1. "It is fine that it starts with an example, but then it should also give the solution for the example in the introductory paragraph, where perhaps something more elementary than the present example is better -- such as (x+2y = 7 & xy = 6) with solutions (x = 3 & y = 2) and (x = 4 & y = 1.5)."
      I did that.
    2. "The intro should not immediately talk about a geometric interpretation. ..."
      I did that.
Does anyone dispute my work? Just wondering ~user:orngjce223 how am I typing? 23:35, 12 October 2007 (UTC)

Merging Suggestion[edit]

I am proposing a merging of this article with part of Elementary algebra's info on Systems of Linear Equations and System of linear equations. Comments are appreciated and the explanation and discussion are being held here: Wikipedia talk:WikiProject Mathematics. (Quadrivium 23:17, 17 November 2006 (UTC))

Yes, the topics are the same and should be merged. Systems of Linear Equations is set up for a solution by determinants (matricies) which would have computer applications in statistics and econometrics and would be added to part 1.3 of this article, whereas Simultaneous equations is just a first year algebra topic, second semester. Larry R. Holmgren 19:06, 23 March 2007 (UTC)

No. As a schoolboy I've just come to this page to find out about these equations and it's been a great help and very well explained. I found it easily from Google. I don't want to get bogged down in any other topic. Leave it alone. 86.31.78.115 19:41, 11 April 2007 (UTC)

Is the article intended to be only about systems of simultaneous linear equations? An editor has just put a new tag "Merge with System of linear equations" on the article, and has next replaced all examples of non-linear equations in the article by linear equations. I find this a curious way of operation; it is like proposing to merge Religion with Buddhism and then proceeding, without awaiting the discussion, to erase all references to other belief systems than Buddhism from the Religion article.  --Lambiam 22:51, 19 March 2008 (UTC)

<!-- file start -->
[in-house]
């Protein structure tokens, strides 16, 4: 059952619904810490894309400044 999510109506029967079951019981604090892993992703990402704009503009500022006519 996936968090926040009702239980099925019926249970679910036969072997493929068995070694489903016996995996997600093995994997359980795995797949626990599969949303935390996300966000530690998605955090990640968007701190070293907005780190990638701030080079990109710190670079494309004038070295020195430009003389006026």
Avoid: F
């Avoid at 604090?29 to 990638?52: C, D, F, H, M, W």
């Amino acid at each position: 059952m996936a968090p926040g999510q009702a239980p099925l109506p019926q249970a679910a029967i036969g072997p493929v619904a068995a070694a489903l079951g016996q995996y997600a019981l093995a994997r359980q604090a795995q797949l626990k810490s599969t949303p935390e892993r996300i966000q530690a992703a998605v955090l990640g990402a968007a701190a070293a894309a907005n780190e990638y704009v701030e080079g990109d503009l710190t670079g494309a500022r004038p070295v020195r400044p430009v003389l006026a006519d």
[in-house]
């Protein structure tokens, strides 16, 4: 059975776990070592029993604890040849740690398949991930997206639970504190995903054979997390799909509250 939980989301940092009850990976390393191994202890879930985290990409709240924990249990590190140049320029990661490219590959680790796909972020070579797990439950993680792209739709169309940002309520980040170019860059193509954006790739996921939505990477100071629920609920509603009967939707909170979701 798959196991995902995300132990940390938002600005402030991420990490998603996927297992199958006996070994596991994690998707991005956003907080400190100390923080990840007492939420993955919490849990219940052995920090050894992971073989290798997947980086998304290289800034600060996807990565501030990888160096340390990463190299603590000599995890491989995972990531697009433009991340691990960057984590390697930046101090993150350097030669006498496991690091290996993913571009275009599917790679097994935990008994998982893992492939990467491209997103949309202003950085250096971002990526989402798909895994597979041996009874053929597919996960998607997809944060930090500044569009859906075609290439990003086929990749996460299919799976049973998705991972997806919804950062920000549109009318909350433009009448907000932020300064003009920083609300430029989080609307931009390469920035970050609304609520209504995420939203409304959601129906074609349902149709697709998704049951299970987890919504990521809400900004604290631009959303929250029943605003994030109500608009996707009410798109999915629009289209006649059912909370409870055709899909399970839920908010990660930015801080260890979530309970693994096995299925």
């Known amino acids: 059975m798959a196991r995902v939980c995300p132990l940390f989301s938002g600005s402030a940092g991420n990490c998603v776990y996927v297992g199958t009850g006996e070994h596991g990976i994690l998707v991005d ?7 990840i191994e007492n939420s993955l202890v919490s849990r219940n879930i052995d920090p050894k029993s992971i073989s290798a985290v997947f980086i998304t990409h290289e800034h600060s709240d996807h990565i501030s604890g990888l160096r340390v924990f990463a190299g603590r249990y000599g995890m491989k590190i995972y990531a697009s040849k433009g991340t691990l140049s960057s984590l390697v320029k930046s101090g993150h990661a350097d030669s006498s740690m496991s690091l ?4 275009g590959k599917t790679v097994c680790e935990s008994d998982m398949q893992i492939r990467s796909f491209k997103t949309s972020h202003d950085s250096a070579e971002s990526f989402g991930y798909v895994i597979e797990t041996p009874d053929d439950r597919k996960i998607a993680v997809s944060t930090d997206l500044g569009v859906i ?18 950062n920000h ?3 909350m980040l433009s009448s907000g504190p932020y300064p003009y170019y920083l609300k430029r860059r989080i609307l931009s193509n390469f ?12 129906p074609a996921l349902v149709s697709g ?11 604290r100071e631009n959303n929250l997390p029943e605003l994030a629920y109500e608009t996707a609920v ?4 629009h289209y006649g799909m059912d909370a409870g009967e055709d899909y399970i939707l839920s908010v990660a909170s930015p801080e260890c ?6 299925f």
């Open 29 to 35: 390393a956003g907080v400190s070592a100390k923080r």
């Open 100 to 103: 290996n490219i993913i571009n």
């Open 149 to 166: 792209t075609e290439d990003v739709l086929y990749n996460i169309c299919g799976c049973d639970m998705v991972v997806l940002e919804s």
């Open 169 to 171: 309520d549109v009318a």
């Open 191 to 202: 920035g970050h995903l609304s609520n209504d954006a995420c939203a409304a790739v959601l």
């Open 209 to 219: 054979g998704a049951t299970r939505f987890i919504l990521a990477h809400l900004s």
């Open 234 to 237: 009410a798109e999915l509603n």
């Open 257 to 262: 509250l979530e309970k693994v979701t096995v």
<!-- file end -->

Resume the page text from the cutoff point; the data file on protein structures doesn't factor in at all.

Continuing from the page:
You're quite right. The distinction between the subjects is important, and there is so much to say about the linear case that a merged article would (appear to) have the general case as a footnote. I've been bold; I struck the merge tag (which was added 16 months after this talk section was started) and restored the worked-out non-linear example. (The linear example wasn't correctly solved anyway.) --Tardis (talk) 16:56, 17 April 2008 (UTC)
I propose a different action. I think this article, as well as System of linear equations, should be moved to System of equations, as this is the more common term used in academia (or for that matter, the term used at my school). Cheers, The Doctahedron, 23:09, 7 January 2012 (UTC)

Support with condition: System of equations already redirects here. I think that this article has to be rewritten into the following lines: After the lead, a description of the elementary methods. Then sections on the specialized and advanced methods, with template {main}: System of linear equations, system of polynomial equations, system of ordinary differential equations, ... (note that system of ordinary differential equation, which is grammatically incorrect, redirects to ordinary differential equation, which does not talk specifically on systems) The sections least-squares and matrices should either be suppressed or merged in the convenient specialized page. D.Lazard (talk) 11:57, 8 January 2012 (UTC)

  • Procedural oppose. The above template was added to a long-dead thread. It's not clear at all what is being voted on. I propose that this be marked as speedily declined, and a proper proposal and thread can be started. Sławomir Biały (talk) 12:44, 8 January 2012 (UTC)